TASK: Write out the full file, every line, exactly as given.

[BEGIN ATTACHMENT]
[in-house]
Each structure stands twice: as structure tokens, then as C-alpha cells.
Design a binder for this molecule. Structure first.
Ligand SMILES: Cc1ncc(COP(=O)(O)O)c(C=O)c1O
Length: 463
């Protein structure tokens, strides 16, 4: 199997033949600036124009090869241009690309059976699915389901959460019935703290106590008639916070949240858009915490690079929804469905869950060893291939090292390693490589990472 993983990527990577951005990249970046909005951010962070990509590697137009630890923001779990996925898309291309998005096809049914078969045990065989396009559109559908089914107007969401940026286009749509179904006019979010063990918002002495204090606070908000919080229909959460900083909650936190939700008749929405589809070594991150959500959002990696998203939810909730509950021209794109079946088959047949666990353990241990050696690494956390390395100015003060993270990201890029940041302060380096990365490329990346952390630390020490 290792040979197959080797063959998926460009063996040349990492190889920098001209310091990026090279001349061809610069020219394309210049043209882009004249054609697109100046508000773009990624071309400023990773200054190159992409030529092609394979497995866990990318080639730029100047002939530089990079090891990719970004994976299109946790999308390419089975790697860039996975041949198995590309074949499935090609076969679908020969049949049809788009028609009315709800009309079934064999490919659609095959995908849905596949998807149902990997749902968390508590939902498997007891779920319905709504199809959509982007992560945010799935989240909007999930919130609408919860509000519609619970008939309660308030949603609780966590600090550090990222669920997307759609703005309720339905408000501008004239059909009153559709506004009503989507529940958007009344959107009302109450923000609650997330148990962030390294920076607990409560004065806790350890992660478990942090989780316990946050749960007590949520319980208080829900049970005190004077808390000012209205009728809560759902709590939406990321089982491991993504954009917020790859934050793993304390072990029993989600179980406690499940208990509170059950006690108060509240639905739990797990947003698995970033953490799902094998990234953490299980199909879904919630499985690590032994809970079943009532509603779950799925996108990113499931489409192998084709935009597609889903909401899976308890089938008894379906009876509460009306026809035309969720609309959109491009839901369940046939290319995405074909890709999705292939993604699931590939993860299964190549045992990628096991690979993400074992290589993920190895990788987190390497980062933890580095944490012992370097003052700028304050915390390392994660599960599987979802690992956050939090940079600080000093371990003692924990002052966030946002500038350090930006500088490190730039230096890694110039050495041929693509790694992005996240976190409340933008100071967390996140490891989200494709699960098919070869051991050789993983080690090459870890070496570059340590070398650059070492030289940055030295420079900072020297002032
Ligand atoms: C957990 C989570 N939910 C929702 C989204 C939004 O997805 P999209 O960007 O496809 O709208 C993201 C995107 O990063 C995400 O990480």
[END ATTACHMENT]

[in-house]
Each structure stands twice: as structure tokens, then as C-alpha cells.
Design a binder for this molecule. Structure first.
Ligand SMILES: Cc1ncc(COP(=O)(O)O)c(C=O)c1O
Length: 463
């Protein structure tokens, strides 16, 4: 199997033949600036124009090869241009690309059976699915389901959460019935703290106590008639916070949240858009915490690079929804469905869950060893291939090292390693490589990472 993983990527990577951005990249970046909005951010962070990509590697137009630890923001779990996925898309291309998005096809049914078969045990065989396009559109559908089914107007969401940026286009749509179904006019979010063990918002002495204090606070908000919080229909959460900083909650936190939700008749929405589809070594991150959500959002990696998203939810909730509950021209794109079946088959047949666990353990241990050696690494956390390395100015003060993270990201890029940041302060380096990365490329990346952390630390020490 290792040979197959080797063959998926460009063996040349990492190889920098001209310091990026090279001349061809610069020219394309210049043209882009004249054609697109100046508000773009990624071309400023990773200054190159992409030529092609394979497995866990990318080639730029100047002939530089990079090891990719970004994976299109946790999308390419089975790697860039996975041949198995590309074949499935090609076969679908020969049949049809788009028609009315709800009309079934064999490919659609095959995908849905596949998807149902990997749902968390508590939902498997007891779920319905709504199809959509982007992560945010799935989240909007999930919130609408919860509000519609619970008939309660308030949603609780966590600090550090990222669920997307759609703005309720339905408000501008004239059909009153559709506004009503989507529940958007009344959107009302109450923000609650997330148990962030390294920076607990409560004065806790350890992660478990942090989780316990946050749960007590949520319980208080829900049970005190004077808390000012209205009728809560759902709590939406990321089982491991993504954009917020790859934050793993304390072990029993989600179980406690499940208990509170059950006690108060509240639905739990797990947003698995970033953490799902094998990234953490299980199909879904919630499985690590032994809970079943009532509603779950799925996108990113499931489409192998084709935009597609889903909401899976308890089938008894379906009876509460009306026809035309969720609309959109491009839901369940046939290319995405074909890709999705292939993604699931590939993860299964190549045992990628096991690979993400074992290589993920190895990788987190390497980062933890580095944490012992370097003052700028304050915390390392994660599960599987979802690992956050939090940079600080000093371990003692924990002052966030946002500038350090930006500088490190730039230096890694110039050495041929693509790694992005996240976190409340933008100071967390996140490891989200494709699960098919070869051991050789993983080690090459870890070496570059340590070398650059070492030289940055030295420079900072020297002032
Ligand atoms: C957990 C989570 N939910 C929702 C989204 C939004 O997805 P999209 O960007 O496809 O709208 C993201 C995107 O990063 C995400 O990480």